Infamous is a 2006 drama film detailing the real life relationship between Truman Capote, Perry Smith and Dick Hickock.


Singing castEdit

Non-singing castEdit


Truman Capote, known in New York City society for his wit and fashion flair as much as he is recognized in literary circles as the celebrated writer of Other Voices, Other Rooms and Breakfast at Tiffany's, reads a brief article about the murder of a farming family in Holcomb, Kansas, in the back pages of the New York Times of November 16, 1959.

Curious as to how the residents would react to a brutal massacre in their midst, the author and his friend, Harper Lee, travel from New York to the rural Midwestern town, ostensibly so Capote can interview people for a magazine article. Once there, he realizes there might be enough material for what he eventually describes as a nonfiction novel.

Capote's dress and demeanor both amuse and dismay law enforcement officials. He allows the less ostentatious Lee to act as a buffer between himself and those whose trust he needs to gain in order to obtain as much background information as possible.

The Kansas Bureau of Investigation's lead detective on the case, Alvin Dewey, has refused to cooperate with the writer. But when his starstruck wife Marie meets Capote in a grocery store, she invites him and Lee to Christmas dinner. He eventually wins over his host with personal anecdotes about Humphrey Bogart, John Huston, Ava Gardner, and the like.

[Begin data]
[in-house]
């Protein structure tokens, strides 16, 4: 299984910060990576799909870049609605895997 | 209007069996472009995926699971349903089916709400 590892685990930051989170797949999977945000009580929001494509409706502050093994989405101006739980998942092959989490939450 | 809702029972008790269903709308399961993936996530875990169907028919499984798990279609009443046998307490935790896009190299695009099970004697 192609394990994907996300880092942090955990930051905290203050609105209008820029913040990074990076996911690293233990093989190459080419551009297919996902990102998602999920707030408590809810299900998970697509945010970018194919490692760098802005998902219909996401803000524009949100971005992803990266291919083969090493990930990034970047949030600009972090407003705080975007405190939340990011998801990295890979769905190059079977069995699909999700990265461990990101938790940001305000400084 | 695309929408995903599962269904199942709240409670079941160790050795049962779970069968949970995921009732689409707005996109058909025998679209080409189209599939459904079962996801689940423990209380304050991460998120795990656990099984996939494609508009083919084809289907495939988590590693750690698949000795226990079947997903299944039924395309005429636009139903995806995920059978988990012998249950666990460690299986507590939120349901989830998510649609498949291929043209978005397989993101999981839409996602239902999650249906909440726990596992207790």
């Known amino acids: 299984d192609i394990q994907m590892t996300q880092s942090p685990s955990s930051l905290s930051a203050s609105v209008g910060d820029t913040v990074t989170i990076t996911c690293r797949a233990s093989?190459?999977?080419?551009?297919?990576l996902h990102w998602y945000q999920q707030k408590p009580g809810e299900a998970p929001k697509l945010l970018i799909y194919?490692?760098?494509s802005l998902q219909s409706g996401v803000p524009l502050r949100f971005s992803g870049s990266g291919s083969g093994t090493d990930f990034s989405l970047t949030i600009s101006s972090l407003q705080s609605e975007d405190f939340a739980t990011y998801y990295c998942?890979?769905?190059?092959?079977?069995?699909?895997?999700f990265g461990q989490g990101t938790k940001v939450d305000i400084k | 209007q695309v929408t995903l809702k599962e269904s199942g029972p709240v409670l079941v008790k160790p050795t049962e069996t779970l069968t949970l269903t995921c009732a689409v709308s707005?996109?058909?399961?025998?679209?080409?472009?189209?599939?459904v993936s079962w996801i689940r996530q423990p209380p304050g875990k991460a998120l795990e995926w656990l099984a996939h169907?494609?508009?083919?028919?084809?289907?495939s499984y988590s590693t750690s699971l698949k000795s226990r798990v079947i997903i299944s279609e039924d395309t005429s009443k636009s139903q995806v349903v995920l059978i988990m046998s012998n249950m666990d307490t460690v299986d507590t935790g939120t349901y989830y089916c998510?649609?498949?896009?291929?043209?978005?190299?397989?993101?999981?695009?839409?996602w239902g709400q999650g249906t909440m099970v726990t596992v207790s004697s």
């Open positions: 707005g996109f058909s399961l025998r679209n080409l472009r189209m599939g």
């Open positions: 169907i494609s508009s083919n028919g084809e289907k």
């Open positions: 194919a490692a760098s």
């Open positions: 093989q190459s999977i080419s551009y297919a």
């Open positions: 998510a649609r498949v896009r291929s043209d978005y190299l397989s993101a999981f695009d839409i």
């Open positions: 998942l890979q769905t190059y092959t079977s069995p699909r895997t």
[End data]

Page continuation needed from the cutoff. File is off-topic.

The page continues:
As a result, when ex-convicts Richard Hickock and Perry Smith are apprehended in Las Vegas and extradited to Holcomb, permission is given to Capote to interview them in their cells. The two men are tried and found guilty, but a lengthy period of appeals begins. Capote's society and literary friends like Slim Keith and Babe Paley in New York press him for juicy gossip about the case and inquire when they can expect to read the book.

Capote forms an attachment to Smith. He empathizes with the convicted killer's unhappy childhood, and Smith's remorseful manner, genuine sincerity, and obvious intelligence impress him. The criminal's reciprocal feelings become evident, although Smith has difficulty dealing with his emotions. As soon as Smith learns that Truman plans to title his book In Cold Blood, which suggests the author thinks of him only as a merciless killer, he violently subdues Capote and nearly rapes him.

Smith steadfastly refuses to describe the night of the murders. This greatly angers Capote, who wants to hear details not only as a writer in search of the truth but as someone who finds it difficult to believe a loved one could be guilty of such a crime. Smith eventually acquiesces and discusses what transpired.

Capote then finds himself entangled in a personal and professional dilemma. As much as he wants Smith to be sentenced to life in prison, a death by hanging would provide a far more sensational ending for readers of his book. He begins to unravel psychologically as the legal appeals drag on, unable to complete his book without an ending. Lee, during the interim, writes To Kill a Mockingbird, which becomes a best-seller.

Years go by. Hickock and Smith finally exhaust all their options; they now ask that Capote be present at their April 14, 1965 execution. He complies reluctantly with their request. Afterward he learns Smith bequeathed his meager belongings to him, and among them he finds a charcoal sketch of him the killer had drawn.

Musical numbersEdit

  • "What Is This Thing Called Love?" - Kitty
  • "Goldmine in the Sky" - Perry

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